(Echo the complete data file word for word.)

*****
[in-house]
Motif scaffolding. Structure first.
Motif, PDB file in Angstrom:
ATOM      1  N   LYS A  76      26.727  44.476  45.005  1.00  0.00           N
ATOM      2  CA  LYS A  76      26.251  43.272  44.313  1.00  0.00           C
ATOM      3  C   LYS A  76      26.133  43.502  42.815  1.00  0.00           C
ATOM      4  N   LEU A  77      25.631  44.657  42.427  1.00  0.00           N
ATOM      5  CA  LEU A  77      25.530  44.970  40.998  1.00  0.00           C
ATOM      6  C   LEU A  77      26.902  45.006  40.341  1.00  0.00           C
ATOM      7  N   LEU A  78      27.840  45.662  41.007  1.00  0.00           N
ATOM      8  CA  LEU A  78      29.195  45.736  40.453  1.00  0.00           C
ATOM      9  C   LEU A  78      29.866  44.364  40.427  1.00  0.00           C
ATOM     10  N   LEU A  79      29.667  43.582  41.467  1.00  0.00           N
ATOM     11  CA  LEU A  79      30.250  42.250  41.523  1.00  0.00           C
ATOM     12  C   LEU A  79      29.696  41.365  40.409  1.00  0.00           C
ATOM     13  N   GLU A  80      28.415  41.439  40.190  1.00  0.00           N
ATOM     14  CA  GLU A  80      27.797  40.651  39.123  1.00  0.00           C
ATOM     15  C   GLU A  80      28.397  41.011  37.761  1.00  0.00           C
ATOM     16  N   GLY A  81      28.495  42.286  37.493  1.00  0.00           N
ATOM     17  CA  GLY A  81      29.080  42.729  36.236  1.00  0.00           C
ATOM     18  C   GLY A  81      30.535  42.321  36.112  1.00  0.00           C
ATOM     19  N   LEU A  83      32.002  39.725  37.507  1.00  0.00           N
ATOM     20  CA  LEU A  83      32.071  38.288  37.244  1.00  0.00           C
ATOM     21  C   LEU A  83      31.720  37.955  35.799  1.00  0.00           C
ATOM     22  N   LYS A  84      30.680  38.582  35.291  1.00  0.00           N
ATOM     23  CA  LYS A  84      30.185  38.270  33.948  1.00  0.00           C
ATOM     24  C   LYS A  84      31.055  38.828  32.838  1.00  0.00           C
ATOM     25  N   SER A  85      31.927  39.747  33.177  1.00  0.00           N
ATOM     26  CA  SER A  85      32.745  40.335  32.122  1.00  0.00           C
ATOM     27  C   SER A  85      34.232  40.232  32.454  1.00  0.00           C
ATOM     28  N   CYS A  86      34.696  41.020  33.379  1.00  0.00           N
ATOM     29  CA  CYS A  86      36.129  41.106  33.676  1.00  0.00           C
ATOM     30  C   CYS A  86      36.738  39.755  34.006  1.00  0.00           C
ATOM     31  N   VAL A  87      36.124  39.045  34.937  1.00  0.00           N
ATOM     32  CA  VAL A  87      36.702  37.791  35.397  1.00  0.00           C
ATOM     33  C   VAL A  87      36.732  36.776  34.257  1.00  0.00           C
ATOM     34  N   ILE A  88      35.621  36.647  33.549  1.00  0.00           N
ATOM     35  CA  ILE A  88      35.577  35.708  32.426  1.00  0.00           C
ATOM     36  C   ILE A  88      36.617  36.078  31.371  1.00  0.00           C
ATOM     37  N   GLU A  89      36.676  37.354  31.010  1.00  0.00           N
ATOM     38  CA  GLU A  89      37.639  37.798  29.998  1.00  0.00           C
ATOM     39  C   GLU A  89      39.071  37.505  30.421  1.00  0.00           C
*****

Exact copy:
[in-house]
Motif scaffolding. Structure first.
Motif, PDB file in Angstrom:
ATOM      1  N   LYS A  76      26.727  44.476  45.005  1.00  0.00           N
ATOM      2  CA  LYS A  76      26.251  43.272  44.313  1.00  0.00           C
ATOM      3  C   LYS A  76      26.133  43.502  42.815  1.00  0.00           C
ATOM      4  N   LEU A  77      25.631  44.657  42.427  1.00  0.00           N
ATOM      5  CA  LEU A  77      25.530  44.970  40.998  1.00  0.00           C
ATOM      6  C   LEU A  77      26.902  45.006  40.341  1.00  0.00           C
ATOM      7  N   LEU A  78      27.840  45.662  41.007  1.00  0.00           N
ATOM      8  CA  LEU A  78      29.195  45.736  40.453  1.00  0.00           C
ATOM      9  C   LEU A  78      29.866  44.364  40.427  1.00  0.00           C
ATOM     10  N   LEU A  79      29.667  43.582  41.467  1.00  0.00           N
ATOM     11  CA  LEU A  79      30.250  42.250  41.523  1.00  0.00           C
ATOM     12  C   LEU A  79      29.696  41.365  40.409  1.00  0.00           C
ATOM     13  N   GLU A  80      28.415  41.439  40.190  1.00  0.00           N
ATOM     14  CA  GLU A  80      27.797  40.651  39.123  1.00  0.00           C
ATOM     15  C   GLU A  80      28.397  41.011  37.761  1.00  0.00           C
ATOM     16  N   GLY A  81      28.495  42.286  37.493  1.00  0.00           N
ATOM     17  CA  GLY A  81      29.080  42.729  36.236  1.00  0.00           C
ATOM     18  C   GLY A  81      30.535  42.321  36.112  1.00  0.00           C
ATOM     19  N   LEU A  83      32.002  39.725  37.507  1.00  0.00           N
ATOM     20  CA  LEU A  83      32.071  38.288  37.244  1.00  0.00           C
ATOM     21  C   LEU A  83      31.720  37.955  35.799  1.00  0.00           C
ATOM     22  N   LYS A  84      30.680  38.582  35.291  1.00  0.00           N
ATOM     23  CA  LYS A  84      30.185  38.270  33.948  1.00  0.00           C
ATOM     24  C   LYS A  84      31.055  38.828  32.838  1.00  0.00           C
ATOM     25  N   SER A  85      31.927  39.747  33.177  1.00  0.00           N
ATOM     26  CA  SER A  85      32.745  40.335  32.122  1.00  0.00           C
ATOM     27  C   SER A  85      34.232  40.232  32.454  1.00  0.00           C
ATOM     28  N   CYS A  86      34.696  41.020  33.379  1.00  0.00           N
ATOM     29  CA  CYS A  86      36.129  41.106  33.676  1.00  0.00           C
ATOM     30  C   CYS A  86      36.738  39.755  34.006  1.00  0.00           C
ATOM     31  N   VAL A  87      36.124  39.045  34.937  1.00  0.00           N
ATOM     32  CA  VAL A  87      36.702  37.791  35.397  1.00  0.00           C
ATOM     33  C   VAL A  87      36.732  36.776  34.257  1.00  0.00           C
ATOM     34  N   ILE A  88      35.621  36.647  33.549  1.00  0.00           N
ATOM     35  CA  ILE A  88      35.577  35.708  32.426  1.00  0.00           C
ATOM     36  C   ILE A  88      36.617  36.078  31.371  1.00  0.00           C
ATOM     37  N   GLU A  89      36.676  37.354  31.010  1.00  0.00           N
ATOM     38  CA  GLU A  89      37.639  37.798  29.998  1.00  0.00           C
ATOM     39  C   GLU A  89      39.071  37.505  30.421  1.00  0.00           C